Speaking of which, this one is a break from the previous two in several ways, the first of which is the use of location shooting and footage—we have a connection to the outside world, and it changes the atmosphere hugely. All the claustrophobia is gone, though you can feel them trying to reestablish it by having the futuristic family stuck in their little flat. But all that does is make it feel like we’re watching two different shows. We have the family and their happenings outside, and S&S wandering around outside and, sometimes, the inside of the block of flats, trying to figure out what’s going on and how to get in. I’m not quite sure how successful this formula is. Half the fun of the show is the human/S&S interaction, and three episodes in there’s been nada. I assume this will change—for once the humans have a bit of a leg-up, being 1500 years more advanced—so they should be able to match our elemental heroes pretty well. Hoping this changes.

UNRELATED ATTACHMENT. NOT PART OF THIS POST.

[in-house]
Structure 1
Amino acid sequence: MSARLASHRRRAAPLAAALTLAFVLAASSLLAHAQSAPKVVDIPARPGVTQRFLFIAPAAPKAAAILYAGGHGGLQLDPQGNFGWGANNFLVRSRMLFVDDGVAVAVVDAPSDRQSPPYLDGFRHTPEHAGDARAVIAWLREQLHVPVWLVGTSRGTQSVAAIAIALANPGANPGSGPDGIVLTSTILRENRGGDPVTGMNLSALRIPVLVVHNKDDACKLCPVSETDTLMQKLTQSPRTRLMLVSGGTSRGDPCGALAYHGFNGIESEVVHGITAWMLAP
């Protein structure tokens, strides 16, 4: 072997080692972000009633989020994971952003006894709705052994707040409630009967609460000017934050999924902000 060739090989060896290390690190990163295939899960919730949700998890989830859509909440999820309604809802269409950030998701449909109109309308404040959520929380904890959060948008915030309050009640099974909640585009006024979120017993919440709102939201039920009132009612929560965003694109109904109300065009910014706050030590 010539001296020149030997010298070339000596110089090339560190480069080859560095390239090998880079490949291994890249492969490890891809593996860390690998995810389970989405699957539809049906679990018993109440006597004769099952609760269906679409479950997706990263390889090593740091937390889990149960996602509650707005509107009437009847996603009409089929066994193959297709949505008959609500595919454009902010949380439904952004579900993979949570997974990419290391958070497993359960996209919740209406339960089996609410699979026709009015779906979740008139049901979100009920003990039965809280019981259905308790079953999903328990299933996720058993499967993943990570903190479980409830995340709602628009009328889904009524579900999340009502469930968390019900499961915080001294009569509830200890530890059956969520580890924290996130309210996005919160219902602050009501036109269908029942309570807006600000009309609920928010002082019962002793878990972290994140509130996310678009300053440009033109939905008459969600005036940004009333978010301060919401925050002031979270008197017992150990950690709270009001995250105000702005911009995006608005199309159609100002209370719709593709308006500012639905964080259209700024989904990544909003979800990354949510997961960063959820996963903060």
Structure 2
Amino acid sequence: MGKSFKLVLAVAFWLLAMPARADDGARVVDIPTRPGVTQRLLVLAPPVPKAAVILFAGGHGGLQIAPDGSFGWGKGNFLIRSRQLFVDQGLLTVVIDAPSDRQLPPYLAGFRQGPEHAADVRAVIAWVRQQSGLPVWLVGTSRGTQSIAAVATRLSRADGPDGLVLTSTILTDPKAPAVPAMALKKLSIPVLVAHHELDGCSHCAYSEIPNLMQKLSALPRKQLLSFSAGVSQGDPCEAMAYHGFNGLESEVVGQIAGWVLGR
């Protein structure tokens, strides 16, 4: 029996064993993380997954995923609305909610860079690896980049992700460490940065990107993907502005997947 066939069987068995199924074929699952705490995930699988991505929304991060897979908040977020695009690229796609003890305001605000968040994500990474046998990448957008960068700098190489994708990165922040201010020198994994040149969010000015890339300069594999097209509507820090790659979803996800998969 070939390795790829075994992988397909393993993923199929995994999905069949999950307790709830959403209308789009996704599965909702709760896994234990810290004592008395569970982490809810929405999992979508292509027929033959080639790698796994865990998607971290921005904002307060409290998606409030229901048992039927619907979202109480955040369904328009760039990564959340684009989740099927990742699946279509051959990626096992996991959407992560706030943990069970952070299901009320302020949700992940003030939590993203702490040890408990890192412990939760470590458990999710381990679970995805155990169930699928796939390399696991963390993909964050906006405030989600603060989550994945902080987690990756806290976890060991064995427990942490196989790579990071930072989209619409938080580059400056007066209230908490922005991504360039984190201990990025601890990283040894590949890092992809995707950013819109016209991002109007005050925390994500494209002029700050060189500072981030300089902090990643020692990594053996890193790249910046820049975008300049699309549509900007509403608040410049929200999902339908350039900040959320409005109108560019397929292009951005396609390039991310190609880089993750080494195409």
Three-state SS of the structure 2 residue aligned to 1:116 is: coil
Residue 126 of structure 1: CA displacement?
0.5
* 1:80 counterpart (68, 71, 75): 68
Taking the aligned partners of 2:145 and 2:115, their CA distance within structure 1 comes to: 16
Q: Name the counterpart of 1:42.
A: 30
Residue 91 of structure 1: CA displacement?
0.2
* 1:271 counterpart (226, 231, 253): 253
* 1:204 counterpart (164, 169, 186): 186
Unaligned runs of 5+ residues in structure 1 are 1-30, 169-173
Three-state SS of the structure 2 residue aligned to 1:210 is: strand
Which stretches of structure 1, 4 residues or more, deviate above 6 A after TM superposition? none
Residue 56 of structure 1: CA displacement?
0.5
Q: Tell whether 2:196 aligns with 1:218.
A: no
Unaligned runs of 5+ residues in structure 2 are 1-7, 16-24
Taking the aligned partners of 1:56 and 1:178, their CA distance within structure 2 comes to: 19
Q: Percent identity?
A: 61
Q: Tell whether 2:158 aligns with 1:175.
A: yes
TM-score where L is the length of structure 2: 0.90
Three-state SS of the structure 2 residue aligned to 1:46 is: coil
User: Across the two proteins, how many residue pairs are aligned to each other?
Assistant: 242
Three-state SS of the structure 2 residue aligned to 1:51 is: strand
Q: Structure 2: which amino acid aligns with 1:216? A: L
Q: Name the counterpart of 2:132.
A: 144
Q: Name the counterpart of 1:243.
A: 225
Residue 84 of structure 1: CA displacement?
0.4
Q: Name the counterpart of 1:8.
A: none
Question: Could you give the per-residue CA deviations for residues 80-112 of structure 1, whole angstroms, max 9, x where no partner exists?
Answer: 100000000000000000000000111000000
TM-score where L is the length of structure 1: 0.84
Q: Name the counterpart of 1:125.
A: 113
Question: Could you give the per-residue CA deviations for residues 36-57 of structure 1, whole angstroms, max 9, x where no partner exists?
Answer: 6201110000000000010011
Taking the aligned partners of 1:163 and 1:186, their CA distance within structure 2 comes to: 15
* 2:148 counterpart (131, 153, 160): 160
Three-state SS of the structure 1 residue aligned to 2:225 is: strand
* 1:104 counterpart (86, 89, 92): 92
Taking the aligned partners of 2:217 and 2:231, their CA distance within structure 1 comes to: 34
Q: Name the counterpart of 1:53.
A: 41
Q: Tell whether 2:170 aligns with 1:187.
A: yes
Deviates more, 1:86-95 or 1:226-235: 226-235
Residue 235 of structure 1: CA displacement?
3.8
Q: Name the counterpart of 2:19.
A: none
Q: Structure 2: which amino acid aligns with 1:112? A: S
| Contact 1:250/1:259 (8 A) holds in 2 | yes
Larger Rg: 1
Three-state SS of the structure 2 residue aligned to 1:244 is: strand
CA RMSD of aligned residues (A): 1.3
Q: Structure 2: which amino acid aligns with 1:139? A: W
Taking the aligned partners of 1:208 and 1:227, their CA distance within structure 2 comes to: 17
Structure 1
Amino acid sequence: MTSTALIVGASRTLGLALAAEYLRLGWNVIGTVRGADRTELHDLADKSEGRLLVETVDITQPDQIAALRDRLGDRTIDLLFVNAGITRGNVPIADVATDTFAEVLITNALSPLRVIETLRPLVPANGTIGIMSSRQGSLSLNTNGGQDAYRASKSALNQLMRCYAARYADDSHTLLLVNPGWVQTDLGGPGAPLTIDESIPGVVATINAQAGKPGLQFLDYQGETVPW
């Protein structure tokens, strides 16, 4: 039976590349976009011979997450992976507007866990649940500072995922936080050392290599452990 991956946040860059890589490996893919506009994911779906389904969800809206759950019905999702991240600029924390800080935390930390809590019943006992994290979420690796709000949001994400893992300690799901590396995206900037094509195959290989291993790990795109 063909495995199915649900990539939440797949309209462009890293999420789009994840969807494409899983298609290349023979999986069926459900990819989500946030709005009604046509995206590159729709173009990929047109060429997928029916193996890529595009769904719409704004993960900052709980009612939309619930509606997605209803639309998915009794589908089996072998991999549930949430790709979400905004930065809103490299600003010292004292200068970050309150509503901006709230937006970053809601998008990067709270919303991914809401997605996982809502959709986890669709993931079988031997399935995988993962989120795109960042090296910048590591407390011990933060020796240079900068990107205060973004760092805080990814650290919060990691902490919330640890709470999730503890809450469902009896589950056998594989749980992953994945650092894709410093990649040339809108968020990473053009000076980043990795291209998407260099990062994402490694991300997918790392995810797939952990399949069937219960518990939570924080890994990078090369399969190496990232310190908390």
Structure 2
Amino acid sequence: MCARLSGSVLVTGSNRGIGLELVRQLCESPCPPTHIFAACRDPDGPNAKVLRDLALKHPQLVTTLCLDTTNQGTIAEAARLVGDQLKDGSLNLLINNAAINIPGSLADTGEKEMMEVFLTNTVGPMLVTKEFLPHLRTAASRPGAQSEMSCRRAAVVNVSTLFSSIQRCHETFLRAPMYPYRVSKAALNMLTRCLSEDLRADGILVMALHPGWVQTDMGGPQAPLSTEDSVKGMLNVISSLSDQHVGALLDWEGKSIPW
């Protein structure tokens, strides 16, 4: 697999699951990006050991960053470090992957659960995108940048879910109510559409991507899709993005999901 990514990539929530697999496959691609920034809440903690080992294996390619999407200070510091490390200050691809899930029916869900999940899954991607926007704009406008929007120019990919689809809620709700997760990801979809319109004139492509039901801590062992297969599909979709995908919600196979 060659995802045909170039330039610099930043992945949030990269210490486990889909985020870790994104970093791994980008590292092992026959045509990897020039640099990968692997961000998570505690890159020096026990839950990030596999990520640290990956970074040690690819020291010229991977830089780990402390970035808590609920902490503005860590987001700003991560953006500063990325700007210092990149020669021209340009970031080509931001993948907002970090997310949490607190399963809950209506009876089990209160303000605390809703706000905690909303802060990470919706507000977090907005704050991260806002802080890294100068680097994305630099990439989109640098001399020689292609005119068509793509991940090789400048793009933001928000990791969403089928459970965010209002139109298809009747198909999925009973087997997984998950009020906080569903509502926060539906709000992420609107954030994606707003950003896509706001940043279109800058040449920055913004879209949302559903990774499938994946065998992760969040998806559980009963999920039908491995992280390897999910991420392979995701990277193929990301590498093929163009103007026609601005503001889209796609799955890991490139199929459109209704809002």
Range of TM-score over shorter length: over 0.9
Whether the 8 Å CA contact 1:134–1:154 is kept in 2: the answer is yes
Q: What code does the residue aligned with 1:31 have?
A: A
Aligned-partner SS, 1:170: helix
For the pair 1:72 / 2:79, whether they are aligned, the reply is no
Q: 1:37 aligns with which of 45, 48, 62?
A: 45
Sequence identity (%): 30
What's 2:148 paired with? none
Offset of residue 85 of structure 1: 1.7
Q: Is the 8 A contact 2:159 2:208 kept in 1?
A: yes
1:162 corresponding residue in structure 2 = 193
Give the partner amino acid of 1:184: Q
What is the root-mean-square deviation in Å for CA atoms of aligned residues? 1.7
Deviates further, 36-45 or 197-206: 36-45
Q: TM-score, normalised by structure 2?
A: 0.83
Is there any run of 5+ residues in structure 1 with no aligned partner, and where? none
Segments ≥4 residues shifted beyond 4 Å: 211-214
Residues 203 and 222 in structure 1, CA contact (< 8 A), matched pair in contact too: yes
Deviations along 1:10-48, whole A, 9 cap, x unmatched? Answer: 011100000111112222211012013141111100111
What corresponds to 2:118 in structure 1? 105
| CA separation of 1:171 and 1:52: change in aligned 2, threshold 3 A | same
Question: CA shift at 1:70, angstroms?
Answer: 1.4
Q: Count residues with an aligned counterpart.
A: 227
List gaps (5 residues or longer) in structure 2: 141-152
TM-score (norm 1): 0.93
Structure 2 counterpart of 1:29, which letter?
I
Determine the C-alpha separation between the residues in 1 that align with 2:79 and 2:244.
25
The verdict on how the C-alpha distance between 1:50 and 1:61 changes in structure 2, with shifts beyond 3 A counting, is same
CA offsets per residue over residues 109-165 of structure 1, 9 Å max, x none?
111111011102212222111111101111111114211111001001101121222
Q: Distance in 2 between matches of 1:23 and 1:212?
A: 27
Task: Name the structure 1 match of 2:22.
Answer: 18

Again, the outside shots…well, there’s something wrong about seeing S&S out in the bright, stark world of a 1980’s urban centre (wherever it is—anyone know which British city/town they shot this in?). There’s none of that warm cosy feel of Assignment 1, or the dark creakiness of 2. Location filming means more money in the budget, but did they really need it for this? TNA was all about location. I think S&S is less so—sets fit it better. It’s nice that they’re trying a change of pace, but I don’t think this is helping.